Crab Shack Complete!

The Crab Shack at Notes From Nature has temporarily shut its doors, for the best possible reason: we’re done! In barely over a month, an amazing group of transcribers has completed data transcription from nearly 1,000 samples (upwards of 4,000 transcriptions, since each sample is transcribed four times). That’s the complete collection of crabs in the family Cancridae that we have here at the Natural History Museum of Los Angeles County.

This was a particularly challenging transcription project. There were over a dozen data fields, and a truly ambiguous mapping of text on labels to database fields. This was really a stretch for the Notes From Nature team, and we’re extremely grateful! Deep thanks to Rob Guralnick, Rafe LaFrance, Libby Ellwood and Michael Denslow for putting it all together in time for the WeDigBio blitz.

HappyCrabShackScientists

Are we happy about how it went? Extremely! Here’s a snapshot of a few of the Happy Crab Shack Biologists here at the Museum right after we learned of the completion. From left to right, that’s Dean Pentcheff, Regina Wetzer, and Jenessa Wall. Not shown are Kathy Omura, Adam Wall, and a crew of interns, volunteers, and work-study students from the University of Southern California (who did the specimen and label photography).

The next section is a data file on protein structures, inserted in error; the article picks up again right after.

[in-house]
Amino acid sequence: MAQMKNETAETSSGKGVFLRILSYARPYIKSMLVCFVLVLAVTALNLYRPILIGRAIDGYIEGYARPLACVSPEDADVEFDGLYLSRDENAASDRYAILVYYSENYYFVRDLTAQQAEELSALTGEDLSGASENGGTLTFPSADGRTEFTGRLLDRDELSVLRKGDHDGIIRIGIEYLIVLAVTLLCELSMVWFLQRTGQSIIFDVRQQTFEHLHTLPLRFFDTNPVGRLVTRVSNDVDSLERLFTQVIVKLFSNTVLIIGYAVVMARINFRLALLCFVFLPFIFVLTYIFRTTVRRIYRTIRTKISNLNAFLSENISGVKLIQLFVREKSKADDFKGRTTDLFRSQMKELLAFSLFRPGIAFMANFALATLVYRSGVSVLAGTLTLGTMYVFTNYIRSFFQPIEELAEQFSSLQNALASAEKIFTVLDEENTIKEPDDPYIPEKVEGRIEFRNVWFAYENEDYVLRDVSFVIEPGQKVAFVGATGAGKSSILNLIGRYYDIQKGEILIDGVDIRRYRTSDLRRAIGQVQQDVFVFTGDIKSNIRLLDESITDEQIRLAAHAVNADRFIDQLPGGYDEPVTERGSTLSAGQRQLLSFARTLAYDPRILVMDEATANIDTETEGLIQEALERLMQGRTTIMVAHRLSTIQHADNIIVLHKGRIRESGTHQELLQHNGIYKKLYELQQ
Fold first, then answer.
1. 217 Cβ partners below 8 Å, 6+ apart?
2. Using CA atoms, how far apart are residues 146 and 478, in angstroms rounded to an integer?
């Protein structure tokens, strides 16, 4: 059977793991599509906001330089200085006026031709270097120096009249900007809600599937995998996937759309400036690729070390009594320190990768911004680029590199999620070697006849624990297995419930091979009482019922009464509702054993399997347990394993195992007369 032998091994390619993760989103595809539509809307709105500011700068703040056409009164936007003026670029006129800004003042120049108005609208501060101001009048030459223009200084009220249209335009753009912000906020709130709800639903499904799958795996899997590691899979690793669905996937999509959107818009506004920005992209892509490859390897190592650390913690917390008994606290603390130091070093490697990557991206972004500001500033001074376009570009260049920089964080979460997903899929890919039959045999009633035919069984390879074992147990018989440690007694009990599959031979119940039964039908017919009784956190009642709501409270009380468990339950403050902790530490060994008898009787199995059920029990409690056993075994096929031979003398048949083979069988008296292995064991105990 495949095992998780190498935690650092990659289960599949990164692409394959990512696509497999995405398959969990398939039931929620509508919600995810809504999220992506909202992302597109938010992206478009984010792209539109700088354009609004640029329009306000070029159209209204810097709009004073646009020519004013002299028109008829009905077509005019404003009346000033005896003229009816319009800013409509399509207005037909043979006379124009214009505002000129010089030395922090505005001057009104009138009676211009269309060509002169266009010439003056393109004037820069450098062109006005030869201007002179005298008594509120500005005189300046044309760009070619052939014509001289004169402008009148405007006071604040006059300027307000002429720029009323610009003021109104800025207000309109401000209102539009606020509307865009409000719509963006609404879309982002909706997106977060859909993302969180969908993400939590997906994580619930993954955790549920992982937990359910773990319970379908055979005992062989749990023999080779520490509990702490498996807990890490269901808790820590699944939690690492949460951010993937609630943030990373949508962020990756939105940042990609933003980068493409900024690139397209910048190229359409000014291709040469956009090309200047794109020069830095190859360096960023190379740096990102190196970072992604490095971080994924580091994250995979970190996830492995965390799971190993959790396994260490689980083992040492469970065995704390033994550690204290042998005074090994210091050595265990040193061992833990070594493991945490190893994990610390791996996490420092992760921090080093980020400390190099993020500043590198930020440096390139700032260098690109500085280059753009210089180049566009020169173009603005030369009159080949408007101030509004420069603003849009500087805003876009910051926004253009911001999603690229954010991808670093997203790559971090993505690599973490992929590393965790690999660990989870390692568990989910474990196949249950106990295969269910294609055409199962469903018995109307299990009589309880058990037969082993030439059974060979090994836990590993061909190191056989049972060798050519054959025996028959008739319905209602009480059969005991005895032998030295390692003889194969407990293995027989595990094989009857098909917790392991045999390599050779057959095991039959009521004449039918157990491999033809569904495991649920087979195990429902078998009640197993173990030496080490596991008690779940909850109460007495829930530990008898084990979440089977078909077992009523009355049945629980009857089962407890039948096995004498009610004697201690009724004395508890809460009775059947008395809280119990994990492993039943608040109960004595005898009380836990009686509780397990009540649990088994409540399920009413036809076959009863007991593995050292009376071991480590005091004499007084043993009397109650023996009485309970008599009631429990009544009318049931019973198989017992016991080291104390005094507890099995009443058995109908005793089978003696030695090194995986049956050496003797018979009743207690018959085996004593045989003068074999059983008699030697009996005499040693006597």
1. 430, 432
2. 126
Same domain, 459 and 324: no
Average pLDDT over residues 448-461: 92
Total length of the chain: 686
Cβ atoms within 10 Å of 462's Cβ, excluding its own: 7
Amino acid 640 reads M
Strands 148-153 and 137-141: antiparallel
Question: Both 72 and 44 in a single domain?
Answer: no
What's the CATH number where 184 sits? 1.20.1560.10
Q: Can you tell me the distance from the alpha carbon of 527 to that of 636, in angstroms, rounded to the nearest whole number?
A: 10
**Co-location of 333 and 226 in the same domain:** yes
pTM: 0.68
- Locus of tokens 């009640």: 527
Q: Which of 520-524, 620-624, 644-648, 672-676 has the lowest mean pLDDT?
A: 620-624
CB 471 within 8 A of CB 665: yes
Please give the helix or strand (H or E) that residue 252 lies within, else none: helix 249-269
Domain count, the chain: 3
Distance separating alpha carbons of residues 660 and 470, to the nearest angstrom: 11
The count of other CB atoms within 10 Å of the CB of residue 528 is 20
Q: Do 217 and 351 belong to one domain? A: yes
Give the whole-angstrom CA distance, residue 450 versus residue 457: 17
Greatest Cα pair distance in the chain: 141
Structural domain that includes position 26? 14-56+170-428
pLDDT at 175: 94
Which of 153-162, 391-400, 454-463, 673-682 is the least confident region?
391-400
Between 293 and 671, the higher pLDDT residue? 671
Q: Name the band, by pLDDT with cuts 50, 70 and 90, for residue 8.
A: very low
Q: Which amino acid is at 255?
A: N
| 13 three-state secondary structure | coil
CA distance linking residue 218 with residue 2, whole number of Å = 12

But of course, the core contribution came from the many transcribers out in Internet-land. To all of you — thank you so much! This project happened and succeeded because of your persistence on this (admittedly ambiguous) project.

elsie-jarandlabel

Even without looking at the data in detail, some gems have emerged. One example is a sample that, from its label data, we now know was collected in 1901 at an early marine laboratory near us in San Pedro. The photo shows the crabs and the labels that were transcribed. The boat “Elsie” was used by researchers at the lab before the operation moved to the San Diego area, where it became the Scripps Institution of Oceanography. At the time, San Pedro was a pretty rough place, but was home to (among other characters) an eccentric group of women pursuing marine biology. We had no idea that we had any specimens from that era.

While the Crab Shack is currently not serving any entrées, we’re not closing shop for good. First, we need to analyze and ingest the amazing dataset we now have. Based on what we learn from the data and the feedback from this expedition, we’ll be moving forward (again, teamed with the great Notes From Nature crew) to open a newly refurbished Shack, journeying on to a new group of animals (still to be determined).

We look forward to having you on board again!

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